How would you describe your job to
someone standing behind you in the grocery
a forensic scientist employed by the New York
State Police Forensic Investigation Center,
assigned to the Chemistry Investigation
What is your
have a BS in chemistry with a general science
minor from SUNY Albany.
What path did you
take to get where you are now?
It was a sinuous route. When I first
got out of school, I wanted to stay in Albany. I
sold insurance for about 6 months; I didn't like
insurance but I liked dealing with the public.
There was a job opening at Albany Medical
College and it was a chemistry job doing
research so I worked there for two years. It was
called the Institute of Pathology and
Toxicology, and there I worked as an analytical
chemist, analyzing the biological distribution
of drugs, chemicals, and poisons in animals
under study. I left because they were moving
part of the facility out to New Mexico and moved
on to the New York State Health Department.
There, I was analyzing the stack gases being
emitted into the air from nuclear reactors and
that was my first experience with mass
spectroscopy because we were analyzing the gases
with a mass spectrometer.
How did you get
your current job?
who used to work at the Institute called me
about a job over at the state police lab and was
there anyone who would be interested? This was
back when the Rockefeller Drug Laws had been
passed and the need for drug analysis was
increasing as a result. So I applied and got the
job. What was interesting there is that they
didn't have a mass spectrometer but there was
money in the budget to get one. Since I had a
little experience with one I was able to start
at ground zero and take a complicated piece of
equipment and integrate it into a service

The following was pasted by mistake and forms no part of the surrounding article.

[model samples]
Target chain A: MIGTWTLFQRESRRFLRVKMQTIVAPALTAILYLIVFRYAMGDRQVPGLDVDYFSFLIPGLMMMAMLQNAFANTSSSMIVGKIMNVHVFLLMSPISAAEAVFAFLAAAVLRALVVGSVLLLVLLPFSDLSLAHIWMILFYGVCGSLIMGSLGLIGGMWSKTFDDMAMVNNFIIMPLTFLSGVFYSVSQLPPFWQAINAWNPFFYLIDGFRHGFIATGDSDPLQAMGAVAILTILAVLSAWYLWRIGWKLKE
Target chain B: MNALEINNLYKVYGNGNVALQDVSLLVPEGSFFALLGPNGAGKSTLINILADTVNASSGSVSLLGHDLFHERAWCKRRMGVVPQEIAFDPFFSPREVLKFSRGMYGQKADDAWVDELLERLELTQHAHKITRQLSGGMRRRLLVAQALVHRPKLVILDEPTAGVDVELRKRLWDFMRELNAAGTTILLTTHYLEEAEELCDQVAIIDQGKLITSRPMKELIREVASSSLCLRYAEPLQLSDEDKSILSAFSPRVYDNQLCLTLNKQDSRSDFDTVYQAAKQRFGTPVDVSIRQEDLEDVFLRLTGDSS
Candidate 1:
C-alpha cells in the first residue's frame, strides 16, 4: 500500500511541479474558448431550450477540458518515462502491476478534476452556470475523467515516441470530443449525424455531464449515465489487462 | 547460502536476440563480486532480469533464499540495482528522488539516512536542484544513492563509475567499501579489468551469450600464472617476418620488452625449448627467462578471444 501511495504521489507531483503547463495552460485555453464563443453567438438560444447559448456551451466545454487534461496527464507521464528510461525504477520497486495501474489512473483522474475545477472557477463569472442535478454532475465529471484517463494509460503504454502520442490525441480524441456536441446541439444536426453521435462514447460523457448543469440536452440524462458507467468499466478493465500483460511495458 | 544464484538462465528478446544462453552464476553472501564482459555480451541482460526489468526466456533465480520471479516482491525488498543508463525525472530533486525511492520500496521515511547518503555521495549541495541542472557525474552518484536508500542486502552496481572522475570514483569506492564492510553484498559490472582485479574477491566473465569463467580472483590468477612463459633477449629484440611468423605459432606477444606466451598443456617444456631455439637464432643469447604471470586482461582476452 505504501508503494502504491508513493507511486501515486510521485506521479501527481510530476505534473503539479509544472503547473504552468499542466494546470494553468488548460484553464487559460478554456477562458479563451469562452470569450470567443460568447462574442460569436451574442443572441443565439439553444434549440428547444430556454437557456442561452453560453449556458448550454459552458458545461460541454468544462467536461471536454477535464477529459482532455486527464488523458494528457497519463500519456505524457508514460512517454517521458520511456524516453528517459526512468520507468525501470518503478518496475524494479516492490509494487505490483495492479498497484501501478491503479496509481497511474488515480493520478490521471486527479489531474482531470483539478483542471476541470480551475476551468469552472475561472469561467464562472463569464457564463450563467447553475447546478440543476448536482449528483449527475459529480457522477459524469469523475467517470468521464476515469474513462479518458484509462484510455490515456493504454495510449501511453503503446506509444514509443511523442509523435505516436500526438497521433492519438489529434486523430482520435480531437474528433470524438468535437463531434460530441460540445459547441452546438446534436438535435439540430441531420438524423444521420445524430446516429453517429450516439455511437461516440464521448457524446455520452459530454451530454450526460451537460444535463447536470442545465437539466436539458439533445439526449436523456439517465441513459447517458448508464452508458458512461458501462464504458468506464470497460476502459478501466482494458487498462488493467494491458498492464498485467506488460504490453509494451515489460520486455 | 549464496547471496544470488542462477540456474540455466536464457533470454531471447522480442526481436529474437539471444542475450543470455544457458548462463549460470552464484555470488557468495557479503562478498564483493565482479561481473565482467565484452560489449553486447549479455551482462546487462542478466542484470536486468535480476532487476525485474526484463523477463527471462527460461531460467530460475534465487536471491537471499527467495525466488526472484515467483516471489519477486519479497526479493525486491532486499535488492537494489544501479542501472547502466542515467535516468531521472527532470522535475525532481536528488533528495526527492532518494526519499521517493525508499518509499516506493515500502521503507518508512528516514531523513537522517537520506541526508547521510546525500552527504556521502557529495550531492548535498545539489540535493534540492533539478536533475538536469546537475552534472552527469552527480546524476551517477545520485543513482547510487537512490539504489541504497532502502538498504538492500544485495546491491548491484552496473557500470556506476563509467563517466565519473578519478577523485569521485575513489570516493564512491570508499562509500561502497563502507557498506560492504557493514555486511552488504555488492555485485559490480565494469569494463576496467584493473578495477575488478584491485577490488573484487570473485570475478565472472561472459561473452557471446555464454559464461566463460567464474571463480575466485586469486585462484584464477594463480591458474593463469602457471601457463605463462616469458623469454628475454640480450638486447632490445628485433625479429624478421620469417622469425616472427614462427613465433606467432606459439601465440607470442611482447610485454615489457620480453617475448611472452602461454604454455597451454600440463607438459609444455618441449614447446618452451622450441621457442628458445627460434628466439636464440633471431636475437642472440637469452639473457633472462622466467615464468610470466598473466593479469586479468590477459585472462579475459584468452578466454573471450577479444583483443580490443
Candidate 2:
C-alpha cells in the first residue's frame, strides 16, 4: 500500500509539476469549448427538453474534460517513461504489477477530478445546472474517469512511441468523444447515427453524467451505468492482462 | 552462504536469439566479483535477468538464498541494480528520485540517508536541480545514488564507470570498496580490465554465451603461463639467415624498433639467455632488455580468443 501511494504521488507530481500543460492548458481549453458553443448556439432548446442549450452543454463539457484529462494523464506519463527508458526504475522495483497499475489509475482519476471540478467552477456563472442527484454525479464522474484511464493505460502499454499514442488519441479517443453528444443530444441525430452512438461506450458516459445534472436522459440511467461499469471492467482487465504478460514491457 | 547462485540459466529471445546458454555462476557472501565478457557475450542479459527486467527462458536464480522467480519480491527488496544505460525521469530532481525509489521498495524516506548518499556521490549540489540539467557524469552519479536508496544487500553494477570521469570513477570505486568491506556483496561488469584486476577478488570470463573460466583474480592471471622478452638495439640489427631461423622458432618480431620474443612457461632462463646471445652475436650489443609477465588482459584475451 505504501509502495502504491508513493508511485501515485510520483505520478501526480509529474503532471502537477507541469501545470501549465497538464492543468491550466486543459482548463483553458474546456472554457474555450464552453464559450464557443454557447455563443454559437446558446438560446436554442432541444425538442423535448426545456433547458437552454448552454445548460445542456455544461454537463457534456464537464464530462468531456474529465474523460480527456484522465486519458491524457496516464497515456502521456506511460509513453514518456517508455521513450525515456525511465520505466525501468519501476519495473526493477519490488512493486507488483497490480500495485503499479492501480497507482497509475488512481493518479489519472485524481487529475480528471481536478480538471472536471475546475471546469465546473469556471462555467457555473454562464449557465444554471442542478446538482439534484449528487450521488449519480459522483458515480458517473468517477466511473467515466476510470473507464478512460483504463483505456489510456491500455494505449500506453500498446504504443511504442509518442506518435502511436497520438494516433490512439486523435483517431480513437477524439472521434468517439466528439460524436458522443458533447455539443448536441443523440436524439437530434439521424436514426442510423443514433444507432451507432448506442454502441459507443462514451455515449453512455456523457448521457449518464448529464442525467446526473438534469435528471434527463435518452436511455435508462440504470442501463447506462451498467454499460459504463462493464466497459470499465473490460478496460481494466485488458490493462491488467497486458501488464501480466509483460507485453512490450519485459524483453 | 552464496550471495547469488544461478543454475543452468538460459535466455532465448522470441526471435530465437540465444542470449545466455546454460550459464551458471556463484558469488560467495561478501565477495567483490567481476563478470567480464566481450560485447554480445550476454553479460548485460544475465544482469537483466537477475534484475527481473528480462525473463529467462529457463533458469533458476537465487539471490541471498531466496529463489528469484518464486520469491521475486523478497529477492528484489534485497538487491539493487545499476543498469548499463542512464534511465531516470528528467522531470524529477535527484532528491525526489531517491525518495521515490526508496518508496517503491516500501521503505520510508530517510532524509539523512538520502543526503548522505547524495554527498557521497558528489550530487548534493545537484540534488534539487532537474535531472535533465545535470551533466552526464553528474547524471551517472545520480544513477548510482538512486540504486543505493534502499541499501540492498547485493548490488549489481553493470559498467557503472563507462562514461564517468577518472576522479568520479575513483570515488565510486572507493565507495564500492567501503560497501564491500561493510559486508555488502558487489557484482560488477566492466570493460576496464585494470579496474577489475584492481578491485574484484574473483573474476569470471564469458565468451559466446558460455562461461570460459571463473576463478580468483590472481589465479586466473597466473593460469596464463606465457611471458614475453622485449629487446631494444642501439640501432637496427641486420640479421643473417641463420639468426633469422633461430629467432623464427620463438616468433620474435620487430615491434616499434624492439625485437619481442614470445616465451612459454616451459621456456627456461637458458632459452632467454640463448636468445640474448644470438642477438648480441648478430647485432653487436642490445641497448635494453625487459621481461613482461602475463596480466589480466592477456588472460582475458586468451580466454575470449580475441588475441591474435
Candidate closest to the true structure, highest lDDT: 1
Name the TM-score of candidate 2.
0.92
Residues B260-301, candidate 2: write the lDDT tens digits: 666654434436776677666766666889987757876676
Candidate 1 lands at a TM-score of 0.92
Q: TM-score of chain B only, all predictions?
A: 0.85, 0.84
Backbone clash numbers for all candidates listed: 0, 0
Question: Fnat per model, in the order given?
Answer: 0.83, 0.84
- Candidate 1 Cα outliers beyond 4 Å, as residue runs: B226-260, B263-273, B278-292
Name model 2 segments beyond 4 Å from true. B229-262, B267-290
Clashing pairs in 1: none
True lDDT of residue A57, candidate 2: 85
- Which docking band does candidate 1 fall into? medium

oriented lab into the methods we currently use.
I've been here for about 28 years.
What do you
consider to be your key career decisions?
Not selling insurance.
Studying chemistry, enjoying analytical
chemistry and deciding that I wanted to be part
of the chemical legal system. There was no crime
scene investigation (CSI) program back then; it
was a wide-open field back then.
What is your
ultimate career goal?
run a forensic lab.
What kinds of
people do well in your
The system is
a paramilitary organization. There are troopers
who come through the police academy, some of
whom then go on to be administrators. Then there
are the support personnel, who are the
civilians; I'm considered a civilian employee.
It's a two-caste system and those people who are
good at serving and conforming within the system
do well. You're not going to change it. The
people you're dealing with usually don't have a
scientific background so it's hard to effect
change in the laboratory. It's not
research-oriented work, it's service oriented.
The focus is more on production than
backgrounds does the lab look for?
The lab is broken down in
different areas; I've worked in the drug
chemistry and toxicology groups. I went to
toxicology for several years, then I had my own
MS unit, and then I came back to drug chemistry.
They needed people because of the caseload.